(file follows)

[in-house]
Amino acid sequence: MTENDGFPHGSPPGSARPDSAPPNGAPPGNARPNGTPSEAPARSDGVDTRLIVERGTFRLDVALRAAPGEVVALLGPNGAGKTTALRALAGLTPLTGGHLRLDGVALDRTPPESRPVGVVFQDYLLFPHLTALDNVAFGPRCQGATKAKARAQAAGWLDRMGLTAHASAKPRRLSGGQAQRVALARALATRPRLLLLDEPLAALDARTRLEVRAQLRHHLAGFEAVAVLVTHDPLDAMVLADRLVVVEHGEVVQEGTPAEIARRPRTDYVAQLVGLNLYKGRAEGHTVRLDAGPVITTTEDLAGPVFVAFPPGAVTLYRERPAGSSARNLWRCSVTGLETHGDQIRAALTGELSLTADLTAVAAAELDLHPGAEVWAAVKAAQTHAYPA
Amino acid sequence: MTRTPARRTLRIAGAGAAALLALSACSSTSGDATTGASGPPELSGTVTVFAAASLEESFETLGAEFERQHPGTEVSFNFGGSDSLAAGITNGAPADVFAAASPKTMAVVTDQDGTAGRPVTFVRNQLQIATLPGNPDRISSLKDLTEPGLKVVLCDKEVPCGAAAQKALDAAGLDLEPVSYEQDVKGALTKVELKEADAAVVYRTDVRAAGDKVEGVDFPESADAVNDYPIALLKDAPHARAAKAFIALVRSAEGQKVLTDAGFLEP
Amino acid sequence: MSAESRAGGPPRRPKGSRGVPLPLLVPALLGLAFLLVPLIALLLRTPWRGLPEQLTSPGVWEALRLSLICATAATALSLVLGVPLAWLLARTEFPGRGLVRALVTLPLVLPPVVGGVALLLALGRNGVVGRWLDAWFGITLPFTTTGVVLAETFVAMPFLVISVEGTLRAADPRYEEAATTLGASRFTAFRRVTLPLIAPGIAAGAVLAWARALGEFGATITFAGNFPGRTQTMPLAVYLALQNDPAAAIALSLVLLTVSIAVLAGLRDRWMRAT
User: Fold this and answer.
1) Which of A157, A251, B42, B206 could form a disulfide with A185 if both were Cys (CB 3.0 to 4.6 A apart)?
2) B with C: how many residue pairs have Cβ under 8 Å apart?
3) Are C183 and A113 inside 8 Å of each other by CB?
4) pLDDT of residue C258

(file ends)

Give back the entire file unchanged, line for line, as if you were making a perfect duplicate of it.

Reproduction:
[in-house]
Amino acid sequence: MTENDGFPHGSPPGSARPDSAPPNGAPPGNARPNGTPSEAPARSDGVDTRLIVERGTFRLDVALRAAPGEVVALLGPNGAGKTTALRALAGLTPLTGGHLRLDGVALDRTPPESRPVGVVFQDYLLFPHLTALDNVAFGPRCQGATKAKARAQAAGWLDRMGLTAHASAKPRRLSGGQAQRVALARALATRPRLLLLDEPLAALDARTRLEVRAQLRHHLAGFEAVAVLVTHDPLDAMVLADRLVVVEHGEVVQEGTPAEIARRPRTDYVAQLVGLNLYKGRAEGHTVRLDAGPVITTTEDLAGPVFVAFPPGAVTLYRERPAGSSARNLWRCSVTGLETHGDQIRAALTGELSLTADLTAVAAAELDLHPGAEVWAAVKAAQTHAYPA
Amino acid sequence: MTRTPARRTLRIAGAGAAALLALSACSSTSGDATTGASGPPELSGTVTVFAAASLEESFETLGAEFERQHPGTEVSFNFGGSDSLAAGITNGAPADVFAAASPKTMAVVTDQDGTAGRPVTFVRNQLQIATLPGNPDRISSLKDLTEPGLKVVLCDKEVPCGAAAQKALDAAGLDLEPVSYEQDVKGALTKVELKEADAAVVYRTDVRAAGDKVEGVDFPESADAVNDYPIALLKDAPHARAAKAFIALVRSAEGQKVLTDAGFLEP
Amino acid sequence: MSAESRAGGPPRRPKGSRGVPLPLLVPALLGLAFLLVPLIALLLRTPWRGLPEQLTSPGVWEALRLSLICATAATALSLVLGVPLAWLLARTEFPGRGLVRALVTLPLVLPPVVGGVALLLALGRNGVVGRWLDAWFGITLPFTTTGVVLAETFVAMPFLVISVEGTLRAADPRYEEAATTLGASRFTAFRRVTLPLIAPGIAAGAVLAWARALGEFGATITFAGNFPGRTQTMPLAVYLALQNDPAAAIALSLVLLTVSIAVLAGLRDRWMRAT
User: Fold this and answer.
1) Which of A157, A251, B42, B206 could form a disulfide with A185 if both were Cys (CB 3.0 to 4.6 A apart)?
2) B with C: how many residue pairs have Cβ under 8 Å apart?
3) Are C183 and A113 inside 8 Å of each other by CB?
4) pLDDT of residue C258